WCS Grading Scale
A = 90-100
B = 80-89
C = 75-79
D = 70-74
F = 0-69
WCS does not weight grades when calculating GPA. WCS does weight grades when calculating rank. Pre-AP classes are calculated with an additional 5 points. AP classes are calculated with an additional 10 points.
SAT Scores – Class of 2018 – Top 25%
Evidence-Based Reading & Writing (EBRW) – 684
Math – 754
ACT Scores – Class of 2018 – Top 25%
WCS is a member of the Texas Association of Private and Parochial Schools (TAPPS), which offers competition in academics, band, drama, art and athletic events.
Students compete annually in local events for fine arts, including the TAPPS District and Regional competition as well as the Houston Livestock Show and Rodeo.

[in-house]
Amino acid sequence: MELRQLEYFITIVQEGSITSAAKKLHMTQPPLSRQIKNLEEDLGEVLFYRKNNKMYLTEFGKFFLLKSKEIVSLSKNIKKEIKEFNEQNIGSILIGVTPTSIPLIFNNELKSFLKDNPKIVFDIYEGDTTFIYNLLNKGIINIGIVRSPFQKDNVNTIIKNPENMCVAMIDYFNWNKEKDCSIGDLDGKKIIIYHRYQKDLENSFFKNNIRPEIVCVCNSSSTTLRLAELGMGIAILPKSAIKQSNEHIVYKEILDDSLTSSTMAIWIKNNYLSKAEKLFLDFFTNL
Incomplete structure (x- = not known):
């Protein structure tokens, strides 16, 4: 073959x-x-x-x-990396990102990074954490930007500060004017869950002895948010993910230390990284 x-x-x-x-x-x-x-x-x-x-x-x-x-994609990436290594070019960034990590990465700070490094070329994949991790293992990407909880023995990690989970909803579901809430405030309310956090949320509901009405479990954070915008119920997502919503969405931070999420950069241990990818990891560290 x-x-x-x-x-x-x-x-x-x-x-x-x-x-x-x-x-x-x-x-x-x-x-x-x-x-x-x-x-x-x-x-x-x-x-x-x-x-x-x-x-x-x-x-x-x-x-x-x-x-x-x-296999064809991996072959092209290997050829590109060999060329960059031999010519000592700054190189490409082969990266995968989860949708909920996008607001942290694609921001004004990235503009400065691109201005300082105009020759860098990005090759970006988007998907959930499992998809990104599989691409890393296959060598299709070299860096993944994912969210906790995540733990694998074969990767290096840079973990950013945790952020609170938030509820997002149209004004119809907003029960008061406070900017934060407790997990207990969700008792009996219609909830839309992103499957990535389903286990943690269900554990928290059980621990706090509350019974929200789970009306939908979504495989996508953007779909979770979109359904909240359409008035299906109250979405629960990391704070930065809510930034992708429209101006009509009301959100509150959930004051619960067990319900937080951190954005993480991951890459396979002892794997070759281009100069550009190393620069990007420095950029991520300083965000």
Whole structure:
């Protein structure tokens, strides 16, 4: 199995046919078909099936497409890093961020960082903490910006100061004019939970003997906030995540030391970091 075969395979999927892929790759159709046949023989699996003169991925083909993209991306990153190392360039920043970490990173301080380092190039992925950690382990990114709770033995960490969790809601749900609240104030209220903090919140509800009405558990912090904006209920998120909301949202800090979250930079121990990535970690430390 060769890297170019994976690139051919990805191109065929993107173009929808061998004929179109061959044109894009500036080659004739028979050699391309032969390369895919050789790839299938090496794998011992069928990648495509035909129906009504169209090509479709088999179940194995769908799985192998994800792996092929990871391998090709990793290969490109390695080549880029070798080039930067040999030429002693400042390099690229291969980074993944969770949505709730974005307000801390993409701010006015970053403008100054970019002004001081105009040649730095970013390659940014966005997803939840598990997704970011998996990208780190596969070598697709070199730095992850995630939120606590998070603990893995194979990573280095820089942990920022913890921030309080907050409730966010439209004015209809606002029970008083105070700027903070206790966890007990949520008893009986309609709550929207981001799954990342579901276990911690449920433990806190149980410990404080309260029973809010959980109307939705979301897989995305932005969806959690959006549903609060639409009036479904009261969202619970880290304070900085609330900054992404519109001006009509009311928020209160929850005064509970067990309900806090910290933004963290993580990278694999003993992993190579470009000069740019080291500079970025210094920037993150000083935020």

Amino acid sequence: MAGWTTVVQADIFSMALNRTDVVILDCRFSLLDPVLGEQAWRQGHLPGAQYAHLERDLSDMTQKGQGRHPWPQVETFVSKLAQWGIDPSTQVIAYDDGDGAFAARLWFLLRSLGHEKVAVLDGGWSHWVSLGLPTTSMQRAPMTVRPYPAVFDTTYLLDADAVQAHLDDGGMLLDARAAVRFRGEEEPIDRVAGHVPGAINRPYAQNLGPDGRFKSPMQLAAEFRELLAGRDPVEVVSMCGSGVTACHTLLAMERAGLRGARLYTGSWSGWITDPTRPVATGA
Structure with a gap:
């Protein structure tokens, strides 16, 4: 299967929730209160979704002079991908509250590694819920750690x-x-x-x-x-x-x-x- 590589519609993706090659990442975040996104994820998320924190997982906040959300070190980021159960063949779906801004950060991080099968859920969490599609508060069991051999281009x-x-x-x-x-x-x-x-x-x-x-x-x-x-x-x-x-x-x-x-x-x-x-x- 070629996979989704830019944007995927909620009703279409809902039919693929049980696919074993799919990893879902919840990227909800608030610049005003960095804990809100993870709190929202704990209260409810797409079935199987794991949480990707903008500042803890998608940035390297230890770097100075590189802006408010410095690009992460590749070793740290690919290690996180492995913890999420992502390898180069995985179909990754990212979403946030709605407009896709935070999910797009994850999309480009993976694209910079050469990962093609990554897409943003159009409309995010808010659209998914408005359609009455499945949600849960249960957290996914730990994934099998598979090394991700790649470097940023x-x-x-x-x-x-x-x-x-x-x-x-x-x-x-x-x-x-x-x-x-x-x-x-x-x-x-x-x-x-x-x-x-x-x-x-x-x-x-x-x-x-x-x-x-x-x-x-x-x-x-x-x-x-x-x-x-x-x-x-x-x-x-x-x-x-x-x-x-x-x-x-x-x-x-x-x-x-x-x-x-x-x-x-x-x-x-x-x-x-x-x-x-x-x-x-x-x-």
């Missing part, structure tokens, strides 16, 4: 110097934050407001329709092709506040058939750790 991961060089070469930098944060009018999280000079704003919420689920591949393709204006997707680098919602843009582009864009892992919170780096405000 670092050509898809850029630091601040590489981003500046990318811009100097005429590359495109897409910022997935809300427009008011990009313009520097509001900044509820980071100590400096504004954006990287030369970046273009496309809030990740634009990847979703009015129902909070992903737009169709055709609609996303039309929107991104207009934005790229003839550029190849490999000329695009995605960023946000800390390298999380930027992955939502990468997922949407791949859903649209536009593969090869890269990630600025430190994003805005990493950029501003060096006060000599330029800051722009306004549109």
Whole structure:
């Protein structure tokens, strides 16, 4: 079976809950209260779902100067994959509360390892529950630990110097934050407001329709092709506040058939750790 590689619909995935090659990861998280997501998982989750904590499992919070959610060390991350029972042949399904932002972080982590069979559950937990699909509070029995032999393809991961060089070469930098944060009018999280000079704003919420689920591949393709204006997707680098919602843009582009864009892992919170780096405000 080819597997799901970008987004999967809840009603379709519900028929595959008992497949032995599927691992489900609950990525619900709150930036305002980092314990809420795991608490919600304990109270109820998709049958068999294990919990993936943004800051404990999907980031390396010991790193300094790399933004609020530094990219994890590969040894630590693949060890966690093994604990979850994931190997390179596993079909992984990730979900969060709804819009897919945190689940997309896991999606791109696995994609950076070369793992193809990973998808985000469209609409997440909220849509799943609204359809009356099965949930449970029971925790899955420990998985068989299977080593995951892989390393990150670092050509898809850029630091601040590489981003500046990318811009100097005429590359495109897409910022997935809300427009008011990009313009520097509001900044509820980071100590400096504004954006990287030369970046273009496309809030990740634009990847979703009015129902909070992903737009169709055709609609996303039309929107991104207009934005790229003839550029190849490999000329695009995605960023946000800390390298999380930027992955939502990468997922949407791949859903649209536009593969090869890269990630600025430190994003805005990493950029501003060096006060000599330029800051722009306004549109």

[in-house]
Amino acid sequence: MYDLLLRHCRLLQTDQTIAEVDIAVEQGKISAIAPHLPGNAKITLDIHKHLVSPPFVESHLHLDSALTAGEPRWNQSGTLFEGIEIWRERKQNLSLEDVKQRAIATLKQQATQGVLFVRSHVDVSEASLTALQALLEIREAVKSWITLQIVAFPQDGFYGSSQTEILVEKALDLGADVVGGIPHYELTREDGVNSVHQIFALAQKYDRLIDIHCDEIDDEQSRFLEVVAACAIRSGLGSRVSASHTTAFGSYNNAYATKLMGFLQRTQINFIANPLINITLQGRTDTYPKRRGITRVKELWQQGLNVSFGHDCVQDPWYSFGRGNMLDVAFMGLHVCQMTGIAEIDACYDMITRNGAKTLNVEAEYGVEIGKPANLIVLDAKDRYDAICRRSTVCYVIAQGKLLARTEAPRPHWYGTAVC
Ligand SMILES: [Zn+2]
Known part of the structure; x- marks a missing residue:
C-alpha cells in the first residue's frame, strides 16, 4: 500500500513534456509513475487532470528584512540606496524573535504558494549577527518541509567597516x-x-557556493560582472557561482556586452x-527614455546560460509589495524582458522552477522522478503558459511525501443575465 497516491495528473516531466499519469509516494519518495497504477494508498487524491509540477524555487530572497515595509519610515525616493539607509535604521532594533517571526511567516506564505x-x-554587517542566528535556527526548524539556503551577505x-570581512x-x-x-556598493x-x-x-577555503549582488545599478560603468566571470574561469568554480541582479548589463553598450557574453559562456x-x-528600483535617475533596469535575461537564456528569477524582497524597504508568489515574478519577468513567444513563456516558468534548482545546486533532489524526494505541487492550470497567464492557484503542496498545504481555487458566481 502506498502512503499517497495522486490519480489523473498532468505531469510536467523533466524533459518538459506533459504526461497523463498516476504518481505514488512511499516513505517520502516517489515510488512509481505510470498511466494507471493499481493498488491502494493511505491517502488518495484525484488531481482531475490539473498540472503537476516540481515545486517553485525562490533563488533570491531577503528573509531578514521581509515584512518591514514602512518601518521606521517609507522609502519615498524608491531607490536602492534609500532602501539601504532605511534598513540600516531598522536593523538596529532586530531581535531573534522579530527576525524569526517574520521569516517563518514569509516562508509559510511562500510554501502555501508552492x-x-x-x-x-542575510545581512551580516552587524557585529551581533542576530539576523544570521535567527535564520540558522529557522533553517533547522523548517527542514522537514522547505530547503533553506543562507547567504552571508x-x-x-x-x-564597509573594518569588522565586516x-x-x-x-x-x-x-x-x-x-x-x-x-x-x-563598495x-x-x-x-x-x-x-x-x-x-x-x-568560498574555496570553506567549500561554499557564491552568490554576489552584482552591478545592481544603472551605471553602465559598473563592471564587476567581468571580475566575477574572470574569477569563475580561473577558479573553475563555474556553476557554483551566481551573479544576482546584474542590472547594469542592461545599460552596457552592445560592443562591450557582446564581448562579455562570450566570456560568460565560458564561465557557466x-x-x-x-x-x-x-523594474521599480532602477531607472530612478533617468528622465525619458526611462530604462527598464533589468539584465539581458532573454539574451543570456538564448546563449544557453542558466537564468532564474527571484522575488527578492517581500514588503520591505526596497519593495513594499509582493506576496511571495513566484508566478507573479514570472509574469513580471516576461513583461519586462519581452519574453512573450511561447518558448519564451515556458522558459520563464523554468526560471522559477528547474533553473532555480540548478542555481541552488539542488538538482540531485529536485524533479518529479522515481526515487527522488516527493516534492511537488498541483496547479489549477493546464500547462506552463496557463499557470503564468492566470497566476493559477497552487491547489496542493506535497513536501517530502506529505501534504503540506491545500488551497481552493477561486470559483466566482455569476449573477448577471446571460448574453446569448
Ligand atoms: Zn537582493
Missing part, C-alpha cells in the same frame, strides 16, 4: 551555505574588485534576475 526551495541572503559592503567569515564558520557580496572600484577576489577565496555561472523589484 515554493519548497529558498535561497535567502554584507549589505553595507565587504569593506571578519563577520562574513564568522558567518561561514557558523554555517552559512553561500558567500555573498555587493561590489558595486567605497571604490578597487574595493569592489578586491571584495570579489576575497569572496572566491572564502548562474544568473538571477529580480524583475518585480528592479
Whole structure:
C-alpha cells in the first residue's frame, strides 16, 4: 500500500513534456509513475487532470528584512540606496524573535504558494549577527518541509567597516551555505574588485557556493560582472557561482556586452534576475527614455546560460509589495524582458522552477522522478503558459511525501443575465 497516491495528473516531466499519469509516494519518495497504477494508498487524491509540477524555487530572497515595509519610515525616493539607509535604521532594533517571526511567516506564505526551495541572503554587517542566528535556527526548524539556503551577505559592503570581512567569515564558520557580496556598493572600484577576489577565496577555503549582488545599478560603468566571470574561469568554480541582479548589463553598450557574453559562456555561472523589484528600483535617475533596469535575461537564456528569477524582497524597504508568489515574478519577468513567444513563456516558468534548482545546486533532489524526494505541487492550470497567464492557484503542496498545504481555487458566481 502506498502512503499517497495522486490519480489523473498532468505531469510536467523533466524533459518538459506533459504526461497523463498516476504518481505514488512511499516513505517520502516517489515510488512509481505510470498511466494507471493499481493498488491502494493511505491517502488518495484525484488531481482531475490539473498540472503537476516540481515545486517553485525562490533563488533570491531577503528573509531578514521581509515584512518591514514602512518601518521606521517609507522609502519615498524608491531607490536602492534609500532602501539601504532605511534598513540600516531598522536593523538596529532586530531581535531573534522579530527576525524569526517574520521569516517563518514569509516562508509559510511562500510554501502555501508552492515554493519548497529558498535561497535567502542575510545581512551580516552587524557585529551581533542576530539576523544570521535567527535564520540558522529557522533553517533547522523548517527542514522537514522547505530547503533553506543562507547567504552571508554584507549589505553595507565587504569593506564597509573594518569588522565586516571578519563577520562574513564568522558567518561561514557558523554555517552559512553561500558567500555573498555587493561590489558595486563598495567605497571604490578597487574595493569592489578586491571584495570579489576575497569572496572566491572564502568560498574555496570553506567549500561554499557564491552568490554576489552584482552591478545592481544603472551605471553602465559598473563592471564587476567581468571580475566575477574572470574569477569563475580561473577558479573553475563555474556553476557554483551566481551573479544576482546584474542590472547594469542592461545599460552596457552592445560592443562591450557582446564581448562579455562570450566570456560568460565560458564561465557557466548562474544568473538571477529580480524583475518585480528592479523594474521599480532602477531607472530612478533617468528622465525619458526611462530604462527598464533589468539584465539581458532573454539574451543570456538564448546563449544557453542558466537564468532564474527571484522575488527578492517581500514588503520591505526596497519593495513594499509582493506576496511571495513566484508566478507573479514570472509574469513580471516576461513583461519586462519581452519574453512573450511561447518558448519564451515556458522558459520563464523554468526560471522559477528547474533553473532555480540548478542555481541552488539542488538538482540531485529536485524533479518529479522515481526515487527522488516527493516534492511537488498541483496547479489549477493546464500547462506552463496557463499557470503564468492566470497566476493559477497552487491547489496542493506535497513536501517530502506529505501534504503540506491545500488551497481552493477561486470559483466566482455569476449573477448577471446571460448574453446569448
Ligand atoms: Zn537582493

Athletic competition at the varsity level includes golf, baseball, basketball, cheerleading, cross-country, football, soccer, softball, tennis, track, and volleyball.
Sampling of Universities to Which WCS Graduates Have Been Accepted
Abilene Christian University
Clark Atlanta University
David Lipscomb University
Florida A&M University
Georgia Tech University
Houston Baptist University
Lubbock Christian University
Louisiana State University
New York University
Oklahoma Christian University
Oklahoma State University
Prairie View A&M University
St. John’s University
Texas A&M University
Texas Christian University
U.S. Air Force Academy
U.S. Military Academy at West Point
University of Arkansas
University of Houston
University of Iowa
University of North Carolina
University of Texas at Austin
Wake Forest University